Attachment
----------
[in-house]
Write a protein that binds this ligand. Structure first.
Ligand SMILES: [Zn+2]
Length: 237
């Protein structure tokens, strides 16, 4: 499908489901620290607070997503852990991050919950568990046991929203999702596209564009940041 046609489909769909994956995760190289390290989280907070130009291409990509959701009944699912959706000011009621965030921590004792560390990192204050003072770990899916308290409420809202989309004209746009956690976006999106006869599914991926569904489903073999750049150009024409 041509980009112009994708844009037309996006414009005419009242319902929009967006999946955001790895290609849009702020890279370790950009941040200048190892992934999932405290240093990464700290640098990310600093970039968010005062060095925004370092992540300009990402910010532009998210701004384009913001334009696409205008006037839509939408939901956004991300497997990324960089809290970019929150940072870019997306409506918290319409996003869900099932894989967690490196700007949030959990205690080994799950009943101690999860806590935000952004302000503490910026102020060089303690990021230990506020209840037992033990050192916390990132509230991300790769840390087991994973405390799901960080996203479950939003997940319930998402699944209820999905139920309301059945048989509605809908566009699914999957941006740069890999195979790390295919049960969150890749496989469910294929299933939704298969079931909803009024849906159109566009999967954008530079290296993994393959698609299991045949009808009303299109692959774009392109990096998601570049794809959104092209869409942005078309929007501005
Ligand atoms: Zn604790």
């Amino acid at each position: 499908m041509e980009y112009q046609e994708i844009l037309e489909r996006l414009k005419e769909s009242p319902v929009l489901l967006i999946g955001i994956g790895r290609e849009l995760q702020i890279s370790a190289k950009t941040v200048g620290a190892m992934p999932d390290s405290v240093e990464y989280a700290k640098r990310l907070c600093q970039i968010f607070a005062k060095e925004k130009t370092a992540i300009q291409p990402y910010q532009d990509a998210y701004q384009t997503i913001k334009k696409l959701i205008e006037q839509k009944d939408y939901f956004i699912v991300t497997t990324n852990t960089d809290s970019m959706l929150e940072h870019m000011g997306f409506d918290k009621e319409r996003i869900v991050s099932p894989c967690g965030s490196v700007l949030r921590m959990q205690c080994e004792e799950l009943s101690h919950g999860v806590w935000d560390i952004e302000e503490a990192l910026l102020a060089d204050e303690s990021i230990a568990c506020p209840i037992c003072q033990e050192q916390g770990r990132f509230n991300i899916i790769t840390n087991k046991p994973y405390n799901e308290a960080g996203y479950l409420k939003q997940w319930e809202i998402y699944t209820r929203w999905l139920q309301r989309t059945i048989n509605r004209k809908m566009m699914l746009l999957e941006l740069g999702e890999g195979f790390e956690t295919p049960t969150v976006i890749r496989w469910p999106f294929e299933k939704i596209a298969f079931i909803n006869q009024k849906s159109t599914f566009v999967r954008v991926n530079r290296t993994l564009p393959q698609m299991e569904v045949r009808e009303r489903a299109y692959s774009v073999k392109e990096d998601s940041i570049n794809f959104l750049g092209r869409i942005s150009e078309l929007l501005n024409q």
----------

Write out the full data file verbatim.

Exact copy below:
[in-house]
Write a protein that binds this ligand. Structure first.
Ligand SMILES: [Zn+2]
Length: 237
């Protein structure tokens, strides 16, 4: 499908489901620290607070997503852990991050919950568990046991929203999702596209564009940041 046609489909769909994956995760190289390290989280907070130009291409990509959701009944699912959706000011009621965030921590004792560390990192204050003072770990899916308290409420809202989309004209746009956690976006999106006869599914991926569904489903073999750049150009024409 041509980009112009994708844009037309996006414009005419009242319902929009967006999946955001790895290609849009702020890279370790950009941040200048190892992934999932405290240093990464700290640098990310600093970039968010005062060095925004370092992540300009990402910010532009998210701004384009913001334009696409205008006037839509939408939901956004991300497997990324960089809290970019929150940072870019997306409506918290319409996003869900099932894989967690490196700007949030959990205690080994799950009943101690999860806590935000952004302000503490910026102020060089303690990021230990506020209840037992033990050192916390990132509230991300790769840390087991994973405390799901960080996203479950939003997940319930998402699944209820999905139920309301059945048989509605809908566009699914999957941006740069890999195979790390295919049960969150890749496989469910294929299933939704298969079931909803009024849906159109566009999967954008530079290296993994393959698609299991045949009808009303299109692959774009392109990096998601570049794809959104092209869409942005078309929007501005
Ligand atoms: Zn604790």
């Amino acid at each position: 499908m041509e980009y112009q046609e994708i844009l037309e489909r996006l414009k005419e769909s009242p319902v929009l489901l967006i999946g955001i994956g790895r290609e849009l995760q702020i890279s370790a190289k950009t941040v200048g620290a190892m992934p999932d390290s405290v240093e990464y989280a700290k640098r990310l907070c600093q970039i968010f607070a005062k060095e925004k130009t370092a992540i300009q291409p990402y910010q532009d990509a998210y701004q384009t997503i913001k334009k696409l959701i205008e006037q839509k009944d939408y939901f956004i699912v991300t497997t990324n852990t960089d809290s970019m959706l929150e940072h870019m000011g997306f409506d918290k009621e319409r996003i869900v991050s099932p894989c967690g965030s490196v700007l949030r921590m959990q205690c080994e004792e799950l009943s101690h919950g999860v806590w935000d560390i952004e302000e503490a990192l910026l102020a060089d204050e303690s990021i230990a568990c506020p209840i037992c003072q033990e050192q916390g770990r990132f509230n991300i899916i790769t840390n087991k046991p994973y405390n799901e308290a960080g996203y479950l409420k939003q997940w319930e809202i998402y699944t209820r929203w999905l139920q309301r989309t059945i048989n509605r004209k809908m566009m699914l746009l999957e941006l740069g999702e890999g195979f790390e956690t295919p049960t969150v976006i890749r496989w469910p999106f294929e299933k939704i596209a298969f079931i909803n006869q009024k849906s159109t599914f566009v999967r954008v991926n530079r290296t993994l564009p393959q698609m299991e569904v045949r009808e009303r489903a299109y692959s774009v073999k392109e990096d998601s940041i570049n794809f959104l750049g092209r869409i942005s150009e078309l929007l501005n024409q």